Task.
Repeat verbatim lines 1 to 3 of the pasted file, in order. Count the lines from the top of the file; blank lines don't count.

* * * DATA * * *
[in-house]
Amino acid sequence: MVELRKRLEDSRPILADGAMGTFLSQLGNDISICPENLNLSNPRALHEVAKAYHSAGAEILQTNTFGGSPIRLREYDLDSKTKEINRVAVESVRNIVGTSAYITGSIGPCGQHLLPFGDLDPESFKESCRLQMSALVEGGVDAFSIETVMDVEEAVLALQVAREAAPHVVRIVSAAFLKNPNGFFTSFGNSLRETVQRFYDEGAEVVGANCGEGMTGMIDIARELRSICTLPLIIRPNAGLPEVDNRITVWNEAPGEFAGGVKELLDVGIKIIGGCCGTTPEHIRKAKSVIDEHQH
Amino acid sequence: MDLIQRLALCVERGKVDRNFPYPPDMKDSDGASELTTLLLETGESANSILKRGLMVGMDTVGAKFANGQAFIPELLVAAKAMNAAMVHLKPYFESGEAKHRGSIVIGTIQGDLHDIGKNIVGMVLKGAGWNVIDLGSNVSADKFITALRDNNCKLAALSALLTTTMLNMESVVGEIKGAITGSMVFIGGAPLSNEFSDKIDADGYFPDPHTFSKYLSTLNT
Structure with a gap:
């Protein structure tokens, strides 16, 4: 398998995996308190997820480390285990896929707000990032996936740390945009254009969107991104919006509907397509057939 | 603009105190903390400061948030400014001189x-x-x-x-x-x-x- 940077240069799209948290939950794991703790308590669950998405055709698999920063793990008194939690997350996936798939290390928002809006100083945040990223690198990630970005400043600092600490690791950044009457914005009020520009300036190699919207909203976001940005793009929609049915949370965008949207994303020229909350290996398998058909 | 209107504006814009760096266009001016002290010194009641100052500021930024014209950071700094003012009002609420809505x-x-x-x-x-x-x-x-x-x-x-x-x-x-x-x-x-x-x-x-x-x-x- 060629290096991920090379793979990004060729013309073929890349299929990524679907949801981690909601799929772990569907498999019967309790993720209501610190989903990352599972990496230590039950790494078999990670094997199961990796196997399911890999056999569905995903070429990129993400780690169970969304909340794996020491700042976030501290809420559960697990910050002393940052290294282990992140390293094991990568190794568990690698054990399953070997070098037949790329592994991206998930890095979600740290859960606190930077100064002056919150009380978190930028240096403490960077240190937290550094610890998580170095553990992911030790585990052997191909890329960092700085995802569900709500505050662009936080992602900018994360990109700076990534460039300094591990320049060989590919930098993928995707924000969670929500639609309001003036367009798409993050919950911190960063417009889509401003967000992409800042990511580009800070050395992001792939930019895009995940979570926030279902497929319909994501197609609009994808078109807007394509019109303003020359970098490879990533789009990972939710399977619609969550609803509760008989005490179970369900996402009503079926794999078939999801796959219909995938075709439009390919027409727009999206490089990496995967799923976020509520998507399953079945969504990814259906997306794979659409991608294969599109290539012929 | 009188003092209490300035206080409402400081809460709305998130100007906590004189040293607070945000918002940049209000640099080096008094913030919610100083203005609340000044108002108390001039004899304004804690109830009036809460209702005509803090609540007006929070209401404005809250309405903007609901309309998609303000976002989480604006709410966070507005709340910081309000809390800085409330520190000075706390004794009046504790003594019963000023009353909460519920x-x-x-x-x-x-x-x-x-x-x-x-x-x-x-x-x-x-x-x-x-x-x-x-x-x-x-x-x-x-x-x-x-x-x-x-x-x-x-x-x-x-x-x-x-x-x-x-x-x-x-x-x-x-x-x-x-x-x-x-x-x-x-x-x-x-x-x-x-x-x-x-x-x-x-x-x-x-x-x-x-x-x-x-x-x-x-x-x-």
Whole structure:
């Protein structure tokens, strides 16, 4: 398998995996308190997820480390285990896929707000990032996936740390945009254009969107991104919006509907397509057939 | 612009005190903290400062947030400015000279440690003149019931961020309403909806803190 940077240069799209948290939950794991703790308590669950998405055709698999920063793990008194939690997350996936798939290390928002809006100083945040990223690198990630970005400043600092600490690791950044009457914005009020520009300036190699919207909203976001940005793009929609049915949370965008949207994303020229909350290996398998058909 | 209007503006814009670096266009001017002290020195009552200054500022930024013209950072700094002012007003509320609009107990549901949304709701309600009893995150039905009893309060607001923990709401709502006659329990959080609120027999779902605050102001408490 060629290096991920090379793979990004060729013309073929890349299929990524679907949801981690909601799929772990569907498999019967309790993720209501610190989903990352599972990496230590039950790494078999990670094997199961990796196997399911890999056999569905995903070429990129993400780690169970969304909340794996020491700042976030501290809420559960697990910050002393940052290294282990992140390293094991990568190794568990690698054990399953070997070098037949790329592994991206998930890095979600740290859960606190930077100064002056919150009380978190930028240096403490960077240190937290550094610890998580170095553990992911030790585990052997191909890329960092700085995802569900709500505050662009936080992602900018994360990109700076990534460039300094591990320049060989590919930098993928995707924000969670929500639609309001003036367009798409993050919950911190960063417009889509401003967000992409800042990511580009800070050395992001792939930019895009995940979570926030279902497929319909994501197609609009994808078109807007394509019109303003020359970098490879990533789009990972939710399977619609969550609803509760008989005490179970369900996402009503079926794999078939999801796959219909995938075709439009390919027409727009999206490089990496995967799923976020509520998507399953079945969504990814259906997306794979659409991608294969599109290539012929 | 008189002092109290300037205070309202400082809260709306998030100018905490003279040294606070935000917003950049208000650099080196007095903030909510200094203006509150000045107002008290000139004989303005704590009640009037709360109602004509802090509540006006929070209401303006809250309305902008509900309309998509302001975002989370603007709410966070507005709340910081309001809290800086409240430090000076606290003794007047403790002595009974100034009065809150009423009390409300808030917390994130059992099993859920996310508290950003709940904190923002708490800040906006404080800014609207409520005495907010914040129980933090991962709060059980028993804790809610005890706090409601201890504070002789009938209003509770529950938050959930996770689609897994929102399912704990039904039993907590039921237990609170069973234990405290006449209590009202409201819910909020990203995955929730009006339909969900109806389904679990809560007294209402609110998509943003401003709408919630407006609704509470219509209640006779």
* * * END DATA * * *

[in-house]
Amino acid sequence: MVELRKRLEDSRPILADGAMGTFLSQLGNDISICPENLNLSNPRALHEVAKAYHSAGAEILQTNTFGGSPIRLREYDLDSKTKEINRVAVESVRNIVGTSAYITGSIGPCGQHLLPFGDLDPESFKESCRLQMSALVEGGVDAFSIETVMDVEEAVLALQVAREAAPHVVRIVSAAFLKNPNGFFTSFGNSLRETVQRFYDEGAEVVGANCGEGMTGMIDIARELRSICTLPLIIRPNAGLPEVDNRITVWNEAPGEFAGGVKELLDVGIKIIGGCCGTTPEHIRKAKSVIDEHQH
Amino acid sequence: MDLIQRLALCVERGKVDRNFPYPPDMKDSDGASELTTLLLETGESANSILKRGLMVGMDTVGAKFANGQAFIPELLVAAKAMNAAMVHLKPYFESGEAKHRGSIVIGTIQGDLHDIGKNIVGMVLKGAGWNVIDLGSNVSADKFITALRDNNCKLAALSALLTTTMLNMESVVGEIKGAITGSMVFIGGAPLSNEFSDKIDADGYFPDPHTFSKYLSTLNT